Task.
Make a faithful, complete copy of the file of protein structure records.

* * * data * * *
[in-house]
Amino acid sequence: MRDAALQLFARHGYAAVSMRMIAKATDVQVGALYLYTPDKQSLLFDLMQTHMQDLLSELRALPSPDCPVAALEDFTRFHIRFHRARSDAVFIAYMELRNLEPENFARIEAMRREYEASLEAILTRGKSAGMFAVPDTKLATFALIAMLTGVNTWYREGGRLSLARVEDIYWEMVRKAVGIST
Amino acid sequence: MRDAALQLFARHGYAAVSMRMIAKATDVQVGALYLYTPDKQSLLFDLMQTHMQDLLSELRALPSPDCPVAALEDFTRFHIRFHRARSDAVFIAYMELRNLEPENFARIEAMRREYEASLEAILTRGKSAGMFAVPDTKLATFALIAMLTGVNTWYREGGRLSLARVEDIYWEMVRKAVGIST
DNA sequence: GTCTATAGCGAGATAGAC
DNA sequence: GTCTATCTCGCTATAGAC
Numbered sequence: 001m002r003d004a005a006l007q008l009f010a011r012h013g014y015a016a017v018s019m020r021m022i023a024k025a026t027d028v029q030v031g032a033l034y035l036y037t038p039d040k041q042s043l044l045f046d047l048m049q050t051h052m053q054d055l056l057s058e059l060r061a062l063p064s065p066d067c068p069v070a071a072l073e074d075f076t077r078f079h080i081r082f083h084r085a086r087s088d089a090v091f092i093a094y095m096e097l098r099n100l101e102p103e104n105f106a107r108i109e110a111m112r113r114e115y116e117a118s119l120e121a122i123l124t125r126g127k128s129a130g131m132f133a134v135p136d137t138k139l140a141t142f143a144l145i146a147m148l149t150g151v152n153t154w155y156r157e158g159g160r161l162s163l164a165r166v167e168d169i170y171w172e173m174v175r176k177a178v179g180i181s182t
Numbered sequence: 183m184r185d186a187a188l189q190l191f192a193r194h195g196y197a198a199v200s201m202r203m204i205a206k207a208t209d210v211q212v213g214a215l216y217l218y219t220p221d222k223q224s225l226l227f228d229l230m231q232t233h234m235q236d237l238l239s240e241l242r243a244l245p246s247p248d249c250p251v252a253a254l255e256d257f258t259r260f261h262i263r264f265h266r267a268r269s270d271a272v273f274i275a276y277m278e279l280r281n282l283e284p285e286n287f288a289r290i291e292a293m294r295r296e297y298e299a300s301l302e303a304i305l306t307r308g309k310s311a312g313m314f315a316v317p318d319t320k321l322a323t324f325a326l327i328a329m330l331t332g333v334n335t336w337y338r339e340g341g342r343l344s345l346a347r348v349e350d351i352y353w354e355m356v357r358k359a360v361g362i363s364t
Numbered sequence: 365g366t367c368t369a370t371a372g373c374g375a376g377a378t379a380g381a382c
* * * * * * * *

[in-house]
Amino acid sequence: MRDAALQLFARHGYAAVSMRMIAKATDVQVGALYLYTPDKQSLLFDLMQTHMQDLLSELRALPSPDCPVAALEDFTRFHIRFHRARSDAVFIAYMELRNLEPENFARIEAMRREYEASLEAILTRGKSAGMFAVPDTKLATFALIAMLTGVNTWYREGGRLSLARVEDIYWEMVRKAVGIST
Amino acid sequence: MRDAALQLFARHGYAAVSMRMIAKATDVQVGALYLYTPDKQSLLFDLMQTHMQDLLSELRALPSPDCPVAALEDFTRFHIRFHRARSDAVFIAYMELRNLEPENFARIEAMRREYEASLEAILTRGKSAGMFAVPDTKLATFALIAMLTGVNTWYREGGRLSLARVEDIYWEMVRKAVGIST
DNA sequence: GTCTATAGCGAGATAGAC
DNA sequence: GTCTATCTCGCTATAGAC
Numbered sequence: 001m002r003d004a005a006l007q008l009f010a011r012h013g014y015a016a017v018s019m020r021m022i023a024k025a026t027d028v029q030v031g032a033l034y035l036y037t038p039d040k041q042s043l044l045f046d047l048m049q050t051h052m053q054d055l056l057s058e059l060r061a062l063p064s065p066d067c068p069v070a071a072l073e074d075f076t077r078f079h080i081r082f083h084r085a086r087s088d089a090v091f092i093a094y095m096e097l098r099n100l101e102p103e104n105f106a107r108i109e110a111m112r113r114e115y116e117a118s119l120e121a122i123l124t125r126g127k128s129a130g131m132f133a134v135p136d137t138k139l140a141t142f143a144l145i146a147m148l149t150g151v152n153t154w155y156r157e158g159g160r161l162s163l164a165r166v167e168d169i170y171w172e173m174v175r176k177a178v179g180i181s182t
Numbered sequence: 183m184r185d186a187a188l189q190l191f192a193r194h195g196y197a198a199v200s201m202r203m204i205a206k207a208t209d210v211q212v213g214a215l216y217l218y219t220p221d222k223q224s225l226l227f228d229l230m231q232t233h234m235q236d237l238l239s240e241l242r243a244l245p246s247p248d249c250p251v252a253a254l255e256d257f258t259r260f261h262i263r264f265h266r267a268r269s270d271a272v273f274i275a276y277m278e279l280r281n282l283e284p285e286n287f288a289r290i291e292a293m294r295r296e297y298e299a300s301l302e303a304i305l306t307r308g309k310s311a312g313m314f315a316v317p318d319t320k321l322a323t324f325a326l327i328a329m330l331t332g333v334n335t336w337y338r339e340g341g342r343l344s345l346a347r348v349e350d351i352y353w354e355m356v357r358k359a360v361g362i363s364t
Numbered sequence: 365g366t367c368t369a370t371a372g373c374g375a376g377a378t379a380g381a382c